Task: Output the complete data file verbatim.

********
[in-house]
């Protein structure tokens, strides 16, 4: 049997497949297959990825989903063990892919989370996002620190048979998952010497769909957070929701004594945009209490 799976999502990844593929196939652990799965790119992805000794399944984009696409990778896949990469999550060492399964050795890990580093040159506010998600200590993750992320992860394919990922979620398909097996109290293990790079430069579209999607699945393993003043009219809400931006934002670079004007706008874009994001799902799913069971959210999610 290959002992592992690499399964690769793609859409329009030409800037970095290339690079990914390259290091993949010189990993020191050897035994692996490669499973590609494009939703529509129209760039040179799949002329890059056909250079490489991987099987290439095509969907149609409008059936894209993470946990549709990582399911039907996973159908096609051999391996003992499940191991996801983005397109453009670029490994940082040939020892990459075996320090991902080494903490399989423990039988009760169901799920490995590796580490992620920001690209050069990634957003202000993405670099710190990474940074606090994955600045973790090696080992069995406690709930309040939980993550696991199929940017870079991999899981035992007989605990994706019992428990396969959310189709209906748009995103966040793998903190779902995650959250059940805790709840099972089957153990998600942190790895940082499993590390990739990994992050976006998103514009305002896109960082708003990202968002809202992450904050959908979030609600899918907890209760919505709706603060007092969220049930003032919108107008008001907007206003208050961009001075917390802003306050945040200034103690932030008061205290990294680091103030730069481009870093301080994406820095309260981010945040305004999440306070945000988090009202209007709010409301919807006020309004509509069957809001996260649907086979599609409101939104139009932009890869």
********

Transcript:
[in-house]
């Protein structure tokens, strides 16, 4: 049997497949297959990825989903063990892919989370996002620190048979998952010497769909957070929701004594945009209490 799976999502990844593929196939652990799965790119992805000794399944984009696409990778896949990469999550060492399964050795890990580093040159506010998600200590993750992320992860394919990922979620398909097996109290293990790079430069579209999607699945393993003043009219809400931006934002670079004007706008874009994001799902799913069971959210999610 290959002992592992690499399964690769793609859409329009030409800037970095290339690079990914390259290091993949010189990993020191050897035994692996490669499973590609494009939703529509129209760039040179799949002329890059056909250079490489991987099987290439095509969907149609409008059936894209993470946990549709990582399911039907996973159908096609051999391996003992499940191991996801983005397109453009670029490994940082040939020892990459075996320090991902080494903490399989423990039988009760169901799920490995590796580490992620920001690209050069990634957003202000993405670099710190990474940074606090994955600045973790090696080992069995406690709930309040939980993550696991199929940017870079991999899981035992007989605990994706019992428990396969959310189709209906748009995103966040793998903190779902995650959250059940805790709840099972089957153990998600942190790895940082499993590390990739990994992050976006998103514009305002896109960082708003990202968002809202992450904050959908979030609600899918907890209760919505709706603060007092969220049930003032919108107008008001907007206003208050961009001075917390802003306050945040200034103690932030008061205290990294680091103030730069481009870093301080994406820095309260981010945040305004999440306070945000988090009202209007709010409301919807006020309004509509069957809001996260649907086979599609409101939104139009932009890869």